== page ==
Saturday, January 8, 2011

Portfolio as at end Dec 2010

My portfolio, as at end Dec 2010, contains the following stocks:
Guocoleisure, Eratat, Heeton, Hiap Hoe, Techcomp, Qingmei

Sold: Valutronics, Roxy, Bright World, Ziwo
Bright World is sold at its mid-30s cents before its rise to 50 cents. All the stocks are sold to raise cash to buy other stocks.

Bought and Sold: China Gaoxian (GX), Hotung
Have bought GX in October and dispose the entire position in late December at lower than 35 cents. Missed GX's run-up to 40+ cents. Hotung is a short-term play, which was bought at 12 cents and sold at 14 cents.

Bought: Guocoleisure and Qingmei
Guocoleisure is bought due to the presence of insider's purchase. Qingmei is bought after it is ex-dividend, and due to its low PER.

Added: Eratat, Heeton
Have bought more Eratat and Heeton shares, since both counters are relatively more undervalued as they have not run up as far as GX.

Portfolio Composition
Eratat is my largest holding as at Dec 2010, while Qingmei has become my second largest holding. Heeton is my third largest holding.

Conclusion
My 2010 portfolio return is 78%, which is roughly half of my 2009 return. My four most profitable stocks in 2010 are GX, Broadway, Techcomp and Eratat. I find it noteworthy that on a per unit basis, my portfolio unit price has surpassed its previous high in 2007. (Otherwise stated, my portfolio returns are computed using unit value method.)

In 2011, my return is likely to less than half of my 2010 return. Furthermore, I am likely to hold a higher cash level in 2011 given the higher valuations.

Lastly, I feel that property stocks holding high-ended property projects are likely to have good returns in 2011. Nonetheless, I will take this view with a pinch of salt, since I am not an expert in properties.

Monday, January 3, 2011

Book Review: The Age of the Infovore

Book Review: The Age of the Infovore

‘The Age of the Infovore’ is written by Tyler Cowen, an economics professor. The book is available in NLB.

This book is thought-provoking but frustrating to read. The book belongs to those categories of books that read like a boomerang. That is, the book does not conclude or drill down to a few points. Rather, it keeps on expanding your perspective. The book may be easier on the mind, if the author treats each chapter as separate pieces and not as pieces relating to autistic strengths.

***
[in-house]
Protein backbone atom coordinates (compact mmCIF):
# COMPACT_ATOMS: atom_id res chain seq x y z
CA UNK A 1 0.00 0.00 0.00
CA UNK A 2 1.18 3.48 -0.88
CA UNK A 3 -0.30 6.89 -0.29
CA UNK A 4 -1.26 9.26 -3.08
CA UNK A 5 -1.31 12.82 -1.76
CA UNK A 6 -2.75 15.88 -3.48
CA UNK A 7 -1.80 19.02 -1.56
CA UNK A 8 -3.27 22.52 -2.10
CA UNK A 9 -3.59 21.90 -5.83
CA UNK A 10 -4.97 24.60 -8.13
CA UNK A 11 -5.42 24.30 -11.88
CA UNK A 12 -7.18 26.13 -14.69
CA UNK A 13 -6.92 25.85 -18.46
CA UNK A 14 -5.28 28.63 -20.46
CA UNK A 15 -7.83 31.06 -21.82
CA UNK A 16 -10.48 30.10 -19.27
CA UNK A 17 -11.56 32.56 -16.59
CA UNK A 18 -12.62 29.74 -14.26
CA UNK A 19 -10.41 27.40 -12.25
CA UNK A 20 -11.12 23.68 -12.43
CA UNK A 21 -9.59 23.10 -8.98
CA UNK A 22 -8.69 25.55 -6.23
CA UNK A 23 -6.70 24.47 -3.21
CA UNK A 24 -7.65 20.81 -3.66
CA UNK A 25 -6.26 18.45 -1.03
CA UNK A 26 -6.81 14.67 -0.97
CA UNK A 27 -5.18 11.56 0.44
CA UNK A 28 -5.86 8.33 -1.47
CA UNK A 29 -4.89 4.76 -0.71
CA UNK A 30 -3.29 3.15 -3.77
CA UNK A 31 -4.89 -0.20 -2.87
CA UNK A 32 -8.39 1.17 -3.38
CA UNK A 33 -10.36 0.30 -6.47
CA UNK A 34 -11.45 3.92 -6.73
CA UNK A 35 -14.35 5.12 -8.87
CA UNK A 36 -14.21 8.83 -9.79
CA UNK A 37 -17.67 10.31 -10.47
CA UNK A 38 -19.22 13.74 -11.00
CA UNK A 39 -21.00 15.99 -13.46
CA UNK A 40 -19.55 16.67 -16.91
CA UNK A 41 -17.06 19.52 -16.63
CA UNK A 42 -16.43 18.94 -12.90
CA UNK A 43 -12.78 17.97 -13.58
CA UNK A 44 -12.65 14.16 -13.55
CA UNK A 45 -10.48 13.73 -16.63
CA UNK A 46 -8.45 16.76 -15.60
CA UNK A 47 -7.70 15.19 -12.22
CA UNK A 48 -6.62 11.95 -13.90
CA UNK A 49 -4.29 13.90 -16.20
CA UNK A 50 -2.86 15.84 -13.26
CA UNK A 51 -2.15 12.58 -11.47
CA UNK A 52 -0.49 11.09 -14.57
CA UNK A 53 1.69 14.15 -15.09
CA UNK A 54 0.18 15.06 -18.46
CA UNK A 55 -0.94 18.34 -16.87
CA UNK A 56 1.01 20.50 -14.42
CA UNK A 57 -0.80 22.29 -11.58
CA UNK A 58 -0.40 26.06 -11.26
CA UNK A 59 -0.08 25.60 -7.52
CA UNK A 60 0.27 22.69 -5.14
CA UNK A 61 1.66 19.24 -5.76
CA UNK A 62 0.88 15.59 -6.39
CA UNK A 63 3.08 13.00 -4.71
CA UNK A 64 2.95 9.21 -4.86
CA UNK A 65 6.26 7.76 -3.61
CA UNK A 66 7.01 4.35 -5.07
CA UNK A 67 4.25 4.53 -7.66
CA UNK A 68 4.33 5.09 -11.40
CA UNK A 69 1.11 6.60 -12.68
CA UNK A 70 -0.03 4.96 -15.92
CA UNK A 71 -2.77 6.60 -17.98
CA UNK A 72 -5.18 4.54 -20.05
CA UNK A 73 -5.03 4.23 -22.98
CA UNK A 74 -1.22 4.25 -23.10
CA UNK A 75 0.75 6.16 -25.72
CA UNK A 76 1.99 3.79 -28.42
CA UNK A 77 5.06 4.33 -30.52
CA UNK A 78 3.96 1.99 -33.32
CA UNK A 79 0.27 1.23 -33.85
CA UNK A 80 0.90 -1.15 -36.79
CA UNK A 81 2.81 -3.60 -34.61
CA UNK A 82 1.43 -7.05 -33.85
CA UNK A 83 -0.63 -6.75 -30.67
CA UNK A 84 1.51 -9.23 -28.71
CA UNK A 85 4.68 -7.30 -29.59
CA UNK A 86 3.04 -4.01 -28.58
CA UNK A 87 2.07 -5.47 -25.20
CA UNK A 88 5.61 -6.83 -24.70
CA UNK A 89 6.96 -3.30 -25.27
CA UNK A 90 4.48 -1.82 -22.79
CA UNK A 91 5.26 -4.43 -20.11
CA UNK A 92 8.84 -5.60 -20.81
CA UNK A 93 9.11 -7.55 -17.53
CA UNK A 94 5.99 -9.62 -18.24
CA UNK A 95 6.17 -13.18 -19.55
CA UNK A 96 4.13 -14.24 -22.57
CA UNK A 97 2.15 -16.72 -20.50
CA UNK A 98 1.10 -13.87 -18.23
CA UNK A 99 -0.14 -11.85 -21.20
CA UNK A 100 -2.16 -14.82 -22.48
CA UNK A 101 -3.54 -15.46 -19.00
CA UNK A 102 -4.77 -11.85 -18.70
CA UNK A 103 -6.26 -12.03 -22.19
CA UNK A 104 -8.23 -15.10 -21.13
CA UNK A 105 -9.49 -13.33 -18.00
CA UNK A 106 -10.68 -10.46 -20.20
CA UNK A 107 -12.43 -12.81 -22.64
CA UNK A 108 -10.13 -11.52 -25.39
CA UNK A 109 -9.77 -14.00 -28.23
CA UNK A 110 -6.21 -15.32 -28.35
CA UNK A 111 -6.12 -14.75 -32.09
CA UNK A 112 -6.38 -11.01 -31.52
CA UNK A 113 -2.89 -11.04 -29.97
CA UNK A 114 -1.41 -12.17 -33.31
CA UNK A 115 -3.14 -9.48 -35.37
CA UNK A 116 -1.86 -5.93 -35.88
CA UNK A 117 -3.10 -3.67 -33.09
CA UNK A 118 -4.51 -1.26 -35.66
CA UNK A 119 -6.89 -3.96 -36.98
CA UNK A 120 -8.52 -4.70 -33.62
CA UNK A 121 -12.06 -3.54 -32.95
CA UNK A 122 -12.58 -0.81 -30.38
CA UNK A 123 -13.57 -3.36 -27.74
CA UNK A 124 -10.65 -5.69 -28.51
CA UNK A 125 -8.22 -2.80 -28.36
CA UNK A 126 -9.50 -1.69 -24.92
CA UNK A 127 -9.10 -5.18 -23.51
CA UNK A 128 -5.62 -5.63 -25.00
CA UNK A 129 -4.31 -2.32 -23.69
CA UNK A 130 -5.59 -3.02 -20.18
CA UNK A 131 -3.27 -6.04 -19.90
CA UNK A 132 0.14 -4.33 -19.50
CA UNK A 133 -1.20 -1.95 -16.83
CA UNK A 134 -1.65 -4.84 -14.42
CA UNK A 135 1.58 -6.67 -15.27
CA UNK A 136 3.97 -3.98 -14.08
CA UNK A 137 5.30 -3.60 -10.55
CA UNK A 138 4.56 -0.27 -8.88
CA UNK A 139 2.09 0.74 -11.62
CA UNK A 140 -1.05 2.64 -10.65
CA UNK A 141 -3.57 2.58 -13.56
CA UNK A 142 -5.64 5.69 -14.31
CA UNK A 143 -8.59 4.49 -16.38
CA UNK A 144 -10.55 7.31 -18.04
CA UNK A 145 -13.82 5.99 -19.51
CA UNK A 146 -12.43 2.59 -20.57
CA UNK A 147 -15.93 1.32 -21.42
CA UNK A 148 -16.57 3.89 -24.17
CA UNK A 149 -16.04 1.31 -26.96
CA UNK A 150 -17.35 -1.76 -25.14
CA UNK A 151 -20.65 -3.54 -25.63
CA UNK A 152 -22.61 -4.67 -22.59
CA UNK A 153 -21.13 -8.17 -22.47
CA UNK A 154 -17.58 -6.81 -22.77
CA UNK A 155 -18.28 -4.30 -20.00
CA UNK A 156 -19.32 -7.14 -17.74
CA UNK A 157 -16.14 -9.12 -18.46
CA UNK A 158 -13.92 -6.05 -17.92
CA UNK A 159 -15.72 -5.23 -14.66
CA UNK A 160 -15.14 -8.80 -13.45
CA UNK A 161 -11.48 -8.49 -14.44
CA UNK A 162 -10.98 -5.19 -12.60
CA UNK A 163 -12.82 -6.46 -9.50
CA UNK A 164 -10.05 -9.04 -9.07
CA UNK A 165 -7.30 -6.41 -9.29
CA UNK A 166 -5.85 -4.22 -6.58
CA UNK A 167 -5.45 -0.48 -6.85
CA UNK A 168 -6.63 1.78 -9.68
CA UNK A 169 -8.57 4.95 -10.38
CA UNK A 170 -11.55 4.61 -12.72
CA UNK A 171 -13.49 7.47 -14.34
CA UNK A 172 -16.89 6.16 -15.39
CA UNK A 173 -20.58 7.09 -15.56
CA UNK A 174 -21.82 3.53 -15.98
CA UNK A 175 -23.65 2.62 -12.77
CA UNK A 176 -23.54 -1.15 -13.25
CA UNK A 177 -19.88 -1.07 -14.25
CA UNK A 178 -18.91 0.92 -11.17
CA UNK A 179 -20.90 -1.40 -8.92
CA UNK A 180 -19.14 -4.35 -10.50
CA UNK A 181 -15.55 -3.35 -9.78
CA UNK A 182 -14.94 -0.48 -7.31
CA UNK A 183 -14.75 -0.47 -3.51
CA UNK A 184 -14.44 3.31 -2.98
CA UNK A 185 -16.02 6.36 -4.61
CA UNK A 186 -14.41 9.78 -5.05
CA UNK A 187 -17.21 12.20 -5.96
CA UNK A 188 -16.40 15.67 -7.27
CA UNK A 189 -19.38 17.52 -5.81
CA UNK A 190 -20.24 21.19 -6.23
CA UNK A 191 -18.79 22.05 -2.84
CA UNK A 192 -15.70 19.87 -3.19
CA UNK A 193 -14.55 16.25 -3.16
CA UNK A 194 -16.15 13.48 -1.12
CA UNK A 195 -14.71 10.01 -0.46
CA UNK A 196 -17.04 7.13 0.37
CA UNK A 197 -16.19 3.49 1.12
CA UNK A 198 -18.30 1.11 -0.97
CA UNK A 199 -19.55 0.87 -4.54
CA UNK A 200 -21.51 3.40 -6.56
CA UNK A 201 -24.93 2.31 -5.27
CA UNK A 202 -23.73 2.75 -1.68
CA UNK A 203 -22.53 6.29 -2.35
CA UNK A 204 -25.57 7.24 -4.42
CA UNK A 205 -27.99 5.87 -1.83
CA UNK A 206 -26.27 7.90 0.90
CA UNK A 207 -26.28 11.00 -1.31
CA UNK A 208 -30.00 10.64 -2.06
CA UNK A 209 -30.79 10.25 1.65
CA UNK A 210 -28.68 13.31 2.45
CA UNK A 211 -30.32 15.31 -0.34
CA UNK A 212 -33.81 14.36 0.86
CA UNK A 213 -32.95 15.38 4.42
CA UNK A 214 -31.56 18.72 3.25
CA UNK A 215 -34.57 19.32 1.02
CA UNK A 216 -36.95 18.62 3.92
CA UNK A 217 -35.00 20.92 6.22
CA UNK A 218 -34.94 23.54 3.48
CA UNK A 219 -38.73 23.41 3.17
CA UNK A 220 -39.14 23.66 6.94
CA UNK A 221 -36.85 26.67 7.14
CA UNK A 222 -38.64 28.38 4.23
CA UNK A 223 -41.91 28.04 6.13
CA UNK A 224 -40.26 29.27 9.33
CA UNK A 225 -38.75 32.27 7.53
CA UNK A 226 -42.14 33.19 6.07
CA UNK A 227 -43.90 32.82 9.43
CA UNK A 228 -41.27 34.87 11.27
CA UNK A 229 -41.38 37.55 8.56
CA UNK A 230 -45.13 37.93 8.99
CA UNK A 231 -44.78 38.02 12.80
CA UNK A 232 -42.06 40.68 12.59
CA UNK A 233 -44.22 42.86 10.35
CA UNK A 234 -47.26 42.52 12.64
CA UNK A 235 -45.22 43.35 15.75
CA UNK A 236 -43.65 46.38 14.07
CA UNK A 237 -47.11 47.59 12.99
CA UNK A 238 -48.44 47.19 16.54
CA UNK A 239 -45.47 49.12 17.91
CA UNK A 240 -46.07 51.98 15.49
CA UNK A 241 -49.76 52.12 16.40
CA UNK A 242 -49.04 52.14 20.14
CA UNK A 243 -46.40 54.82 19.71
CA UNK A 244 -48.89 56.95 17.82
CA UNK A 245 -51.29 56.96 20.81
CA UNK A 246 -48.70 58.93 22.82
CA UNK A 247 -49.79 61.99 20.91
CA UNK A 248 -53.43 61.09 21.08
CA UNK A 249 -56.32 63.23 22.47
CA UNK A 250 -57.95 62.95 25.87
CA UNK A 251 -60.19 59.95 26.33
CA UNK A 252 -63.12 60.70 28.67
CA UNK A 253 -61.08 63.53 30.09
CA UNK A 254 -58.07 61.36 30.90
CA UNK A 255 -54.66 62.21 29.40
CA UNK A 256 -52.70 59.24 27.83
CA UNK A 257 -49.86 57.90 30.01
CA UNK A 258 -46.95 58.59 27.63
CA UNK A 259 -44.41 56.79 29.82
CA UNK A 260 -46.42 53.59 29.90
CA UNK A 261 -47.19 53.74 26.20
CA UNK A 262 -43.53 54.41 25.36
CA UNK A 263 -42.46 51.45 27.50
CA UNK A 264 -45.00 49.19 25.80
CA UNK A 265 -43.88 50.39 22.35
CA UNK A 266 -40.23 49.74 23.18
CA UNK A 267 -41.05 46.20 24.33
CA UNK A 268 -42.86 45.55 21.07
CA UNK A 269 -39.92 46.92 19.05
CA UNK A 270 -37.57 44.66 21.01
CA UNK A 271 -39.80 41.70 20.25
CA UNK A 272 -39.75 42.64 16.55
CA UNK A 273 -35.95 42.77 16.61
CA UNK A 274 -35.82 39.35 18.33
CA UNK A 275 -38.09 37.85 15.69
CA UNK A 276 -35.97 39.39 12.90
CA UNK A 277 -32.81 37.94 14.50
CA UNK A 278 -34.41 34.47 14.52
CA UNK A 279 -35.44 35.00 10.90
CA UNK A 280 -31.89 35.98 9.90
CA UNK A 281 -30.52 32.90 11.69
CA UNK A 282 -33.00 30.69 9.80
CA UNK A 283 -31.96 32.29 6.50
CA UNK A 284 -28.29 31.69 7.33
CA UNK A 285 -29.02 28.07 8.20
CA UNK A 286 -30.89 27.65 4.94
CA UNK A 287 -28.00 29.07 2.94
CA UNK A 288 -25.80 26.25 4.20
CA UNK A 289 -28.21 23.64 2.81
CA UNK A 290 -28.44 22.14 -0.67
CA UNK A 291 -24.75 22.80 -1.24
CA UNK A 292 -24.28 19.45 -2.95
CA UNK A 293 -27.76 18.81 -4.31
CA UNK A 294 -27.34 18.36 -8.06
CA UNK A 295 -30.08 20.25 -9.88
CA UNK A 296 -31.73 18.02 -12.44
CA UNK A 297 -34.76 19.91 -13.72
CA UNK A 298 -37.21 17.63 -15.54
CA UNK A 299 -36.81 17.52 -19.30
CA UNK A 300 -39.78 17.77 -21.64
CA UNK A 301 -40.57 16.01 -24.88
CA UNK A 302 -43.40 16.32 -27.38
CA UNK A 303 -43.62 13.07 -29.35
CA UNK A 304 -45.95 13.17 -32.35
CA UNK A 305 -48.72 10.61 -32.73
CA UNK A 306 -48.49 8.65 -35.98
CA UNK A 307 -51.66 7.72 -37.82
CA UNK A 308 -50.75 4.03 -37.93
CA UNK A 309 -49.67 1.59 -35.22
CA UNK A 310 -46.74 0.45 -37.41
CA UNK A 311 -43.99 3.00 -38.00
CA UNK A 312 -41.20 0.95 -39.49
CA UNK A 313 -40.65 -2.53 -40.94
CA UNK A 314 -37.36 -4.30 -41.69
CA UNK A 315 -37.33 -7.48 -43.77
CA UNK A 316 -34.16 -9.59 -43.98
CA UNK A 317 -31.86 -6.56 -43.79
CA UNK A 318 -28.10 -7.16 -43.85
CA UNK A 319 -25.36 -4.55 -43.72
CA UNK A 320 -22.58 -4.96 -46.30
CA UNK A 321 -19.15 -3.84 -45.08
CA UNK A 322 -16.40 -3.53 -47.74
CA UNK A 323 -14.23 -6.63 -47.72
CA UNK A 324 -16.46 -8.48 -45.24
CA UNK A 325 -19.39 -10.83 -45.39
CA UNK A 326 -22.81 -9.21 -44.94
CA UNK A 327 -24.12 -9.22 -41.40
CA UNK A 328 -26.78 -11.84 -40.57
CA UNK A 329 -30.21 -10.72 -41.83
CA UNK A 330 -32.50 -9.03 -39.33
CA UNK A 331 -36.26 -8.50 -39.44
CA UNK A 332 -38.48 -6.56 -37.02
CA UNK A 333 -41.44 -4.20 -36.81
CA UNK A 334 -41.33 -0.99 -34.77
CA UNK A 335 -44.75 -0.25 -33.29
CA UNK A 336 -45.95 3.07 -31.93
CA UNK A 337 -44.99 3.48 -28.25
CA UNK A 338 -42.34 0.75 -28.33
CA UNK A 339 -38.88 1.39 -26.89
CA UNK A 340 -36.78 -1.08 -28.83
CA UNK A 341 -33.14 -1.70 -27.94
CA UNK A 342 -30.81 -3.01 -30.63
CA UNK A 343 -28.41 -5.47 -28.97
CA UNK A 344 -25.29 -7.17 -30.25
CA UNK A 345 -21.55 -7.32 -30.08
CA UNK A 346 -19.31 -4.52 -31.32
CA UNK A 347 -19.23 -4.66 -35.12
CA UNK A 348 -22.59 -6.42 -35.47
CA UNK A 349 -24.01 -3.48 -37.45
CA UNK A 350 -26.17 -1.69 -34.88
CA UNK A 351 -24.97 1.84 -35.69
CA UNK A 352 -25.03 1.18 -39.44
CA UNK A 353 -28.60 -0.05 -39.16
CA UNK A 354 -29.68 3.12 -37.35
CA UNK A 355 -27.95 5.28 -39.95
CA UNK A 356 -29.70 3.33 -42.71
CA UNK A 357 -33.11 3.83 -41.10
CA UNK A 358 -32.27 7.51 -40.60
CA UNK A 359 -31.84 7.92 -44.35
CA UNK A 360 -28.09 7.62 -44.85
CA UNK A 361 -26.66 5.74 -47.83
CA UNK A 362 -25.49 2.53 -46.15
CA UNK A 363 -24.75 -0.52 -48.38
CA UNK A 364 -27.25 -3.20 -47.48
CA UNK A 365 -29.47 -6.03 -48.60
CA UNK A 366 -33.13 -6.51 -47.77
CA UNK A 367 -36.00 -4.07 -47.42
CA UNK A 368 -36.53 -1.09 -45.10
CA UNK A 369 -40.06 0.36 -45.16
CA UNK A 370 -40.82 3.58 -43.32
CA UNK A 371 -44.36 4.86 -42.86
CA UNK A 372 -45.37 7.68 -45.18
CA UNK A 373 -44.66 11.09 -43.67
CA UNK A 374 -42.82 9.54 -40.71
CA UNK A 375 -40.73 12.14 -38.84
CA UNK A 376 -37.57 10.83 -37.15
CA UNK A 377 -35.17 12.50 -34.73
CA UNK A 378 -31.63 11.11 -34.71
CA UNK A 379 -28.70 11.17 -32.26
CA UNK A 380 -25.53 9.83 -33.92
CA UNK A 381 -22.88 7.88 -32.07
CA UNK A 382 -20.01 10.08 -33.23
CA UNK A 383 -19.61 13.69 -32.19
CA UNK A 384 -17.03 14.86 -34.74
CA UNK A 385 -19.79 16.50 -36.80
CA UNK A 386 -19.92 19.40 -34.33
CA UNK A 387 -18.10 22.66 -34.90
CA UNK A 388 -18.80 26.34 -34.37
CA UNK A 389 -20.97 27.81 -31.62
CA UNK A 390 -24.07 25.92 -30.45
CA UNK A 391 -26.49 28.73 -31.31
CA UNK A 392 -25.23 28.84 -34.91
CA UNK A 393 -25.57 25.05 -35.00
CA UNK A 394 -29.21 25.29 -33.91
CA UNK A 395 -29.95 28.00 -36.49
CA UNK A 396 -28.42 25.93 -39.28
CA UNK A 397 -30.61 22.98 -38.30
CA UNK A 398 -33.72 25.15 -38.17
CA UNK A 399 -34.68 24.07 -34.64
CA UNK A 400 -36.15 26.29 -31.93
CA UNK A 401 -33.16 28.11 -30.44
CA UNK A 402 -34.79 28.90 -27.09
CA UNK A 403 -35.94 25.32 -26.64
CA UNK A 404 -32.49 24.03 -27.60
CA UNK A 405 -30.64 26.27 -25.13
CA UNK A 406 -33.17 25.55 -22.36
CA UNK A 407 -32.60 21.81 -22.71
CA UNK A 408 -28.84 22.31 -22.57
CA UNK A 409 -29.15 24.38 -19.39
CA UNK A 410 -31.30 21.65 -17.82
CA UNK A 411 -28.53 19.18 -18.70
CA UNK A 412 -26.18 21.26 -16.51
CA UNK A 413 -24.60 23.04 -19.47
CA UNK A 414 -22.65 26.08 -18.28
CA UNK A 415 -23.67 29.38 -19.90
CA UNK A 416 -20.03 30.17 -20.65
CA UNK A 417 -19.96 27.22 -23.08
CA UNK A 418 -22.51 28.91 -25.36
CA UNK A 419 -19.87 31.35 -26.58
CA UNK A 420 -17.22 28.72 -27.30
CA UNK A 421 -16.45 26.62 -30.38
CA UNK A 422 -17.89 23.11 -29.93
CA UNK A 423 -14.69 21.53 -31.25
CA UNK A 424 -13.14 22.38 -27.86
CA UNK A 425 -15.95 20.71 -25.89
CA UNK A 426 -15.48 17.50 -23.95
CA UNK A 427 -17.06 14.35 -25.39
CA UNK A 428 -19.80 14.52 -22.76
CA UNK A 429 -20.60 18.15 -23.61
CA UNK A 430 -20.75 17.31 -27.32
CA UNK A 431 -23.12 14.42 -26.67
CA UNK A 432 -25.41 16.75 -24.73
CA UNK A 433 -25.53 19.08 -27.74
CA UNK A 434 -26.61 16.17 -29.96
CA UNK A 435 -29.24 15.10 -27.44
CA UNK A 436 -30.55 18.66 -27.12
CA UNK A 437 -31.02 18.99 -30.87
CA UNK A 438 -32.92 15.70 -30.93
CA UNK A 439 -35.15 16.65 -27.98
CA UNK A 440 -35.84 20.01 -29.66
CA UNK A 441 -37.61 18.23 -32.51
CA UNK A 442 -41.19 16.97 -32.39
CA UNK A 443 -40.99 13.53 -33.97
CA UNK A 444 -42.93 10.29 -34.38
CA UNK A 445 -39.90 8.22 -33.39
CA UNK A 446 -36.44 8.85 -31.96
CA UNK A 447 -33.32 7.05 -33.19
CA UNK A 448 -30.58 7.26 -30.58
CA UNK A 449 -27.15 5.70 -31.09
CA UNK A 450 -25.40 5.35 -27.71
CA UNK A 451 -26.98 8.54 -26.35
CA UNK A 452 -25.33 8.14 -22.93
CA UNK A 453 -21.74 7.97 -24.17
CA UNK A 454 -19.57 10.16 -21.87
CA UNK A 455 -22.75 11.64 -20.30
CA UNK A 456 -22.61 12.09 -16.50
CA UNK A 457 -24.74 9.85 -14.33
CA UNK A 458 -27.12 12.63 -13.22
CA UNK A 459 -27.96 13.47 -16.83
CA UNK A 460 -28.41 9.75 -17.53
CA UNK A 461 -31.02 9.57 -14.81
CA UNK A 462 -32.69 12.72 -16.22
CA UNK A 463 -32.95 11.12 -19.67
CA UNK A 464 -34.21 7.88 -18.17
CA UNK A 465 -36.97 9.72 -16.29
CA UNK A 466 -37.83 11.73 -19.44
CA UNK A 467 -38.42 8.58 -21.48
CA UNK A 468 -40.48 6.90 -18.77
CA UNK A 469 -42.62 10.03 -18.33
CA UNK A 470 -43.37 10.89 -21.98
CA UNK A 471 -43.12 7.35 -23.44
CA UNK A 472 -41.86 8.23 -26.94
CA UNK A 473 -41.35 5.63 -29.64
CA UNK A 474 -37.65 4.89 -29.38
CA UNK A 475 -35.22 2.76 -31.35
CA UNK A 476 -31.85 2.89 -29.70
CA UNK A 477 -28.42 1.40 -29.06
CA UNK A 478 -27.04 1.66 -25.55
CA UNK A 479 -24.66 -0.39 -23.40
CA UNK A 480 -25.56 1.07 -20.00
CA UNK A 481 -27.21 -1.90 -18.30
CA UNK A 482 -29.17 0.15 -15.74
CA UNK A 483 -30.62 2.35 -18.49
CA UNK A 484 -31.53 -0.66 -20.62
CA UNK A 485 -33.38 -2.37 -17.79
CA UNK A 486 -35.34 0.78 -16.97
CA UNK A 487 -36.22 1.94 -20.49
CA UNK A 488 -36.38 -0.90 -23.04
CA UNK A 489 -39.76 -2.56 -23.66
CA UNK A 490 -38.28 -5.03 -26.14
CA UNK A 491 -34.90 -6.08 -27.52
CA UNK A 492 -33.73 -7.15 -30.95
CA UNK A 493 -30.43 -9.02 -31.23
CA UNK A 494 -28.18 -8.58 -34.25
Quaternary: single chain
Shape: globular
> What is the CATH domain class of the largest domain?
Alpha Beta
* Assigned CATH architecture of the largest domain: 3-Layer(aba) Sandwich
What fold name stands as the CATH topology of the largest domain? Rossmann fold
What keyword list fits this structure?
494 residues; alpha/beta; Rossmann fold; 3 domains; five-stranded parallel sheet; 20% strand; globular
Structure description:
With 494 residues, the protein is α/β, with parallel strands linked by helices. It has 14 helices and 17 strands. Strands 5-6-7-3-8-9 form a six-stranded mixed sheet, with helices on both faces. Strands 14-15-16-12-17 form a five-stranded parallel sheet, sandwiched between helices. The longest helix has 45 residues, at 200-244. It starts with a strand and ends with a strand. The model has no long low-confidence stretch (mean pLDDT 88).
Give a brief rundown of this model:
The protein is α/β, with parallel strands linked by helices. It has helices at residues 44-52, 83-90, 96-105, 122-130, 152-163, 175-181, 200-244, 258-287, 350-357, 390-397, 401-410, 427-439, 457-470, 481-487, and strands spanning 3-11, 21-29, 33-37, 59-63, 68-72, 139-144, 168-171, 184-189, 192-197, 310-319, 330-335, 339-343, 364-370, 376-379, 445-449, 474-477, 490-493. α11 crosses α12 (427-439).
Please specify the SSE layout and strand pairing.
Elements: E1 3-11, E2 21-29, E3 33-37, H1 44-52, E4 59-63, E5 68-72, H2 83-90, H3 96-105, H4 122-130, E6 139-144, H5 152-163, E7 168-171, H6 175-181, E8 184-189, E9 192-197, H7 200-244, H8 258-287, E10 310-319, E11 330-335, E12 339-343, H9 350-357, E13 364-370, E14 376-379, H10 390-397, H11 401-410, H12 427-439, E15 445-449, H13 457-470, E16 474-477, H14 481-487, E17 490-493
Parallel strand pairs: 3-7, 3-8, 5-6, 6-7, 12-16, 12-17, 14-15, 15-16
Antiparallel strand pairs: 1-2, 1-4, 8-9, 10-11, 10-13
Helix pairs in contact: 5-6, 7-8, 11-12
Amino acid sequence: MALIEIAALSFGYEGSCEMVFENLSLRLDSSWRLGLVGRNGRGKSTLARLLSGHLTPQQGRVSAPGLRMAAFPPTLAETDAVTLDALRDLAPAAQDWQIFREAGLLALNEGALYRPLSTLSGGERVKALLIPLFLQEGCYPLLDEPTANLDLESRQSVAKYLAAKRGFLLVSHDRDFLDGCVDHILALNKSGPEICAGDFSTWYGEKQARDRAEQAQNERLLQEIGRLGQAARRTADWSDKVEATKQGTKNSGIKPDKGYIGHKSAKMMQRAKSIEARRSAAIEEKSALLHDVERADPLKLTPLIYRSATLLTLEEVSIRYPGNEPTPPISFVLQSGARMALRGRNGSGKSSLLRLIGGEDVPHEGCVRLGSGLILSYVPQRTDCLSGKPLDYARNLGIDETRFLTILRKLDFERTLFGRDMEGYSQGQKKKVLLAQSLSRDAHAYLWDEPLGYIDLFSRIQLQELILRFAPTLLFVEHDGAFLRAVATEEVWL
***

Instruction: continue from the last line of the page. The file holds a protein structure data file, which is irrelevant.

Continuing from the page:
Anyway, the interesting points:

a) Autism’s cognitive strengths include:

i) strong in ordering knowledge in preferred domains

ii) strong in observing small pieces of information in preferred domains

b) These strengths are relevant to our internet world, when we see that large amounts of information are being ordered and processed to meaningful bits. For example, our favourite bookmakrs, Google search, Facebook, Twitter etc.

c) When access is easy, we prefer the short, small version. When access is difficult, we prefer the extravagances and masterpieces. For instance, if we are going to travel long distances for something, that something have to be worth our travelling time and while. However, when access is easy, we want to try more new stuffs. To try more new stuff, the new stuffs have to be smaller, so that they can be accomplished with less time.

d) Education can be consumed online without face-to-face interaction. However, online education is not well-received. This is because we prefer to have face-to-face interaction (e.g. attend lectures, attend tutorials). Having face-to-face interaction and people around us may help us better focus and be more motivated to absorb the knowledge.

e) Sherlock Holmes seems to be an autistic.

f) There is neuro-diversity around. Hence different people may have different taste for art, music and different ways of perception.

g) A country with a culture that tends to obey rules and follow unspoken codes tends to be more successful economically.